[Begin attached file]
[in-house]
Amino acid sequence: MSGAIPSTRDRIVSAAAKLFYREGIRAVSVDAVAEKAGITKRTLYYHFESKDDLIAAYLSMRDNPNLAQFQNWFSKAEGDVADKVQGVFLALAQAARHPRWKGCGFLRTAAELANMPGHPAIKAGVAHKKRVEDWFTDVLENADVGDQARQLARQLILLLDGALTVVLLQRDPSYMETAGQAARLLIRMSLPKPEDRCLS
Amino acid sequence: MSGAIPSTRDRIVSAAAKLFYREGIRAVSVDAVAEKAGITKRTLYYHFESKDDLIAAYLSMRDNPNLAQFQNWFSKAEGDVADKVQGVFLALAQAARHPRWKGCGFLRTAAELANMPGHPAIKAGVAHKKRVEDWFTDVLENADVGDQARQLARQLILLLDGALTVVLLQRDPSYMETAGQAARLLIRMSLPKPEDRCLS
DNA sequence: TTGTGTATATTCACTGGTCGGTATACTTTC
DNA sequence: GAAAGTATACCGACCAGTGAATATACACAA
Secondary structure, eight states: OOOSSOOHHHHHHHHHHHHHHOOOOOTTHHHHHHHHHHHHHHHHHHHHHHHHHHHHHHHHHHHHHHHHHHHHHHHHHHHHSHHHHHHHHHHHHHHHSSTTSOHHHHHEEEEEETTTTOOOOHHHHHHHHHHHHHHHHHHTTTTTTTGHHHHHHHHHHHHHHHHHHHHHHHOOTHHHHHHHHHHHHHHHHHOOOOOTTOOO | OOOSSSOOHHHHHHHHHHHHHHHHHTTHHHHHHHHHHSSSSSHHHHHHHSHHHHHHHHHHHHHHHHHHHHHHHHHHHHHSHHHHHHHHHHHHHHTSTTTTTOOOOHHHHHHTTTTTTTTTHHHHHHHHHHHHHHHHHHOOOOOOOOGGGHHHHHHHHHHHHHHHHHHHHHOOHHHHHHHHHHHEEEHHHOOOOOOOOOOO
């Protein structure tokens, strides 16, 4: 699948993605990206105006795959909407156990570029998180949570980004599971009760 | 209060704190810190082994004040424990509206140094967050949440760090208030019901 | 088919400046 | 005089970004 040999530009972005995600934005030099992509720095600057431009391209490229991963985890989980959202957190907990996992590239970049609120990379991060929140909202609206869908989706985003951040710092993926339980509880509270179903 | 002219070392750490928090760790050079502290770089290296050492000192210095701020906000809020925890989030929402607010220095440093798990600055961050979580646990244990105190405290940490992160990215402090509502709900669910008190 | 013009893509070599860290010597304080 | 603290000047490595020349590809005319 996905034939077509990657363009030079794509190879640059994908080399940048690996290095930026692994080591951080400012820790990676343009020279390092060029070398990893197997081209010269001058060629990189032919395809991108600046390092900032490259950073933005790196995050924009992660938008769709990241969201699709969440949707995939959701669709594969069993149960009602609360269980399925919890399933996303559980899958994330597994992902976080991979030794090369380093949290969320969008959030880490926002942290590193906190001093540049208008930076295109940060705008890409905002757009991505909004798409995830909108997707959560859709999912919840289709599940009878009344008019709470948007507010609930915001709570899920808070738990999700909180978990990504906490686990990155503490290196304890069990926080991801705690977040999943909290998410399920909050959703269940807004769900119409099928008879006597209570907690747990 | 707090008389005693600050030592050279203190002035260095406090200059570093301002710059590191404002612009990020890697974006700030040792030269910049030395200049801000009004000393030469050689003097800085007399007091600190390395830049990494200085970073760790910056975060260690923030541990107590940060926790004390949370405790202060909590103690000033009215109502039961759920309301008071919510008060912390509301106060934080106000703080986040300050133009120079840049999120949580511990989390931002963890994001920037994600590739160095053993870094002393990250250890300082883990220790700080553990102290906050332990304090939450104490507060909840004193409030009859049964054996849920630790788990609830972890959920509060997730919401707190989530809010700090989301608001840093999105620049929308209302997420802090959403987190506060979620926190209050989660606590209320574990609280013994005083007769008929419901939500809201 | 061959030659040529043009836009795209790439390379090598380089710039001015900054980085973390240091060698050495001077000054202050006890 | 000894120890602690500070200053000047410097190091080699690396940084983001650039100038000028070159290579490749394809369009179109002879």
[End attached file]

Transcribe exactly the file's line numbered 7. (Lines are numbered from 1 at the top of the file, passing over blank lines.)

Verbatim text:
């Protein structure tokens, strides 16, 4: 699948993605990206105006795959909407156990570029998180949570980004599971009760 | 209060704190810190082994004040424990509206140094967050949440760090208030019901 | 088919400046 | 005089970004 040999530009972005995600934005030099992509720095600057431009391209490229991963985890989980959202957190907990996992590239970049609120990379991060929140909202609206869908989706985003951040710092993926339980509880509270179903 | 002219070392750490928090760790050079502290770089290296050492000192210095701020906000809020925890989030929402607010220095440093798990600055961050979580646990244990105190405290940490992160990215402090509502709900669910008190 | 013009893509070599860290010597304080 | 603290000047490595020349590809005319 996905034939077509990657363009030079794509190879640059994908080399940048690996290095930026692994080591951080400012820790990676343009020279390092060029070398990893197997081209010269001058060629990189032919395809991108600046390092900032490259950073933005790196995050924009992660938008769709990241969201699709969440949707995939959701669709594969069993149960009602609360269980399925919890399933996303559980899958994330597994992902976080991979030794090369380093949290969320969008959030880490926002942290590193906190001093540049208008930076295109940060705008890409905002757009991505909004798409995830909108997707959560859709999912919840289709599940009878009344008019709470948007507010609930915001709570899920808070738990999700909180978990990504906490686990990155503490290196304890069990926080991801705690977040999943909290998410399920909050959703269940807004769900119409099928008879006597209570907690747990 | 707090008389005693600050030592050279203190002035260095406090200059570093301002710059590191404002612009990020890697974006700030040792030269910049030395200049801000009004000393030469050689003097800085007399007091600190390395830049990494200085970073760790910056975060260690923030541990107590940060926790004390949370405790202060909590103690000033009215109502039961759920309301008071919510008060912390509301106060934080106000703080986040300050133009120079840049999120949580511990989390931002963890994001920037994600590739160095053993870094002393990250250890300082883990220790700080553990102290906050332990304090939450104490507060909840004193409030009859049964054996849920630790788990609830972890959920509060997730919401707190989530809010700090989301608001840093999105620049929308209302997420802090959403987190506060979620926190209050989660606590209320574990609280013994005083007769008929419901939500809201 | 061959030659040529043009836009795209790439390379090598380089710039001015900054980085973390240091060698050495001077000054202050006890 | 000894120890602690500070200053000047410097190091080699690396940084983001650039100038000028070159290579490749394809369009179109002879």